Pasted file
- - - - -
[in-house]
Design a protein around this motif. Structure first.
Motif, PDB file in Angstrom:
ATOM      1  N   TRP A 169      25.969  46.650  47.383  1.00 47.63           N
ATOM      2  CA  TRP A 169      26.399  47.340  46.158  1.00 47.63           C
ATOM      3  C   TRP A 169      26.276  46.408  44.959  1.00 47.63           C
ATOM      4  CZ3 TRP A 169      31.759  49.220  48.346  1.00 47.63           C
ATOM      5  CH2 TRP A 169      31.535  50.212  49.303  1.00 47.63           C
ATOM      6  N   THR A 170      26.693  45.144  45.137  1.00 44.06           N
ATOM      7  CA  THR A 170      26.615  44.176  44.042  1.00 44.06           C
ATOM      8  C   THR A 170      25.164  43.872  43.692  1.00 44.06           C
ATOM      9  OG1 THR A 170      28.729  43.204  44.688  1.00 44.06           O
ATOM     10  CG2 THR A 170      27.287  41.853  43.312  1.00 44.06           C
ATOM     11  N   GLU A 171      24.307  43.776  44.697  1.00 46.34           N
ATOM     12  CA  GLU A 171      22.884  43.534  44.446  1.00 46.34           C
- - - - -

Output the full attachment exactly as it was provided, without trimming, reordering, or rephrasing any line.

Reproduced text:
[in-house]
Design a protein around this motif. Structure first.
Motif, PDB file in Angstrom:
ATOM      1  N   TRP A 169      25.969  46.650  47.383  1.00 47.63           N
ATOM      2  CA  TRP A 169      26.399  47.340  46.158  1.00 47.63           C
ATOM      3  C   TRP A 169      26.276  46.408  44.959  1.00 47.63           C
ATOM      4  CZ3 TRP A 169      31.759  49.220  48.346  1.00 47.63           C
ATOM      5  CH2 TRP A 169      31.535  50.212  49.303  1.00 47.63           C
ATOM      6  N   THR A 170      26.693  45.144  45.137  1.00 44.06           N
ATOM      7  CA  THR A 170      26.615  44.176  44.042  1.00 44.06           C
ATOM      8  C   THR A 170      25.164  43.872  43.692  1.00 44.06           C
ATOM      9  OG1 THR A 170      28.729  43.204  44.688  1.00 44.06           O
ATOM     10  CG2 THR A 170      27.287  41.853  43.312  1.00 44.06           C
ATOM     11  N   GLU A 171      24.307  43.776  44.697  1.00 46.34           N
ATOM     12  CA  GLU A 171      22.884  43.534  44.446  1.00 46.34           C